|Title||Important Plant Areas: revised|
|Publication Type||Journal Article|
|Year of Publication||2017|
|Authors||Darbyshire, I, Anderson, S, Asatryan, A, Byfield, A, Cheek, M, Clubbe, C, Ghrabi, Z, Harris, T, Heatubun, CD, Kalema, J, Magassouba, S, McCarthy, B, Milliken, W, de Montmollin, B, Lughadha, ENic, Onana, J-M, Saïdou, D, Sârbu, A, Shrestha, K, Radford, EA|
|Journal||Biodiversity and Conservation|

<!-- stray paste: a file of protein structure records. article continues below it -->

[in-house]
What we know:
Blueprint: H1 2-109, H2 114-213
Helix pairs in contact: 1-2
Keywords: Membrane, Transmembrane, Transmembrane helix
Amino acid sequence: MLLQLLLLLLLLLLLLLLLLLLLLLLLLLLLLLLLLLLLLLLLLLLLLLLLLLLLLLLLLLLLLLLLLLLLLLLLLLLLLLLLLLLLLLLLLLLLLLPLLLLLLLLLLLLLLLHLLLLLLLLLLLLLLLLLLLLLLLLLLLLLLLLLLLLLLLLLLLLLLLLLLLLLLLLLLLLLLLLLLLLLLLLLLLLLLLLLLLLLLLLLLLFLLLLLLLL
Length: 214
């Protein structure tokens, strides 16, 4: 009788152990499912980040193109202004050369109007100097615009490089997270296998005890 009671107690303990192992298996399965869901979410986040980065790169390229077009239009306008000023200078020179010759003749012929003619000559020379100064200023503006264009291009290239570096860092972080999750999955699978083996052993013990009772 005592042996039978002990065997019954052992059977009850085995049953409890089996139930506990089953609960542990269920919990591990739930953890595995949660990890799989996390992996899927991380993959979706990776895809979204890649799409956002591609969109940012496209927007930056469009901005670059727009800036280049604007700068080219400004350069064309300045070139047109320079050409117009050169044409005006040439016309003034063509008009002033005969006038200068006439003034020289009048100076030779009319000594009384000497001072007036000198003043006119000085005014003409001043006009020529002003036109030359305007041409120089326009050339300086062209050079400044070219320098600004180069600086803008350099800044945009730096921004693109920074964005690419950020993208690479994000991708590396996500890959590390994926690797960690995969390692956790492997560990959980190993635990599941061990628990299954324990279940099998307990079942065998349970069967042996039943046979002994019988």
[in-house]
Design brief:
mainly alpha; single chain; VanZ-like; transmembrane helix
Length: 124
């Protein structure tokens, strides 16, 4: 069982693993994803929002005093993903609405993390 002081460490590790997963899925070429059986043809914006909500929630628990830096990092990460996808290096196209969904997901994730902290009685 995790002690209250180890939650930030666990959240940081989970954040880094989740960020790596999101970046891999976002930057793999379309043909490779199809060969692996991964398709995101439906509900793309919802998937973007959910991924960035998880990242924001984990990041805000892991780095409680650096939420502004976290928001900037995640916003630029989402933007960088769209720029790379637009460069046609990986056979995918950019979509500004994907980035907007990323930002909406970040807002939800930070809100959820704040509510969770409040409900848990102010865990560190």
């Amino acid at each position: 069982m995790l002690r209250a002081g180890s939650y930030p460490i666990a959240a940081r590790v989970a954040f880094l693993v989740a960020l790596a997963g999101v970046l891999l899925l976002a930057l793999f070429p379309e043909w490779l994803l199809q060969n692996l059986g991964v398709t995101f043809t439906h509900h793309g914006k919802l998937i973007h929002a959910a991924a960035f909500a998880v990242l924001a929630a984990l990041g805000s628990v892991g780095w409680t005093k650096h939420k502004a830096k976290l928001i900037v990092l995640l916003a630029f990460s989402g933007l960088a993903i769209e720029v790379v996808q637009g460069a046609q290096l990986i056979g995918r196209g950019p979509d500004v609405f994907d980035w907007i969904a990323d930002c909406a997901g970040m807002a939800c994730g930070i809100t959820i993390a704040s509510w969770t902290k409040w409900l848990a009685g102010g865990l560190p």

Despite the severe threats to plant habitats and high levels of extinction risk for plant species in many parts of the world, plant conservation priorities are often poorly represented in national and global frameworks because of a lack of data in an accessible and consistent format to inform conservation decision making. The Important Plant Areas (IPAs) criteria system offers a pragmatic yet scientifically rigorous means of delivering these datasets, enabling informed national- or regional-scale conservation prioritisation, and contributing significantly towards global prioritisation systems including the International Union for Conservation of Nature Key Biodiversity Areas (KBAs) Standard. In this paper, we review the IPA rationale and progress on IPA identification to date, including the perceived limitations of the process and how these may be overcome. We then present a revised set of criteria for use globally, developed through the combined experiences of IPA identification over the past decade and a half and through a recent global consultation process. An overview of how the revised IPA criteria can work alongside the newly published KBA Standard is also provided. IPA criteria are based around a sound, scientific, global framework which acknowledges the practical problems of gathering plant and habitat data in many regions of the world, and recognises the role of peer reviewed expert opinion in the selection process. National and sub-national engagement in IPA identification is essential, providing a primary route towards long term conservation of key sites for plant diversity. The IPA criteria can be applied to the conservation of all organism groups within the plant and fungal kingdoms.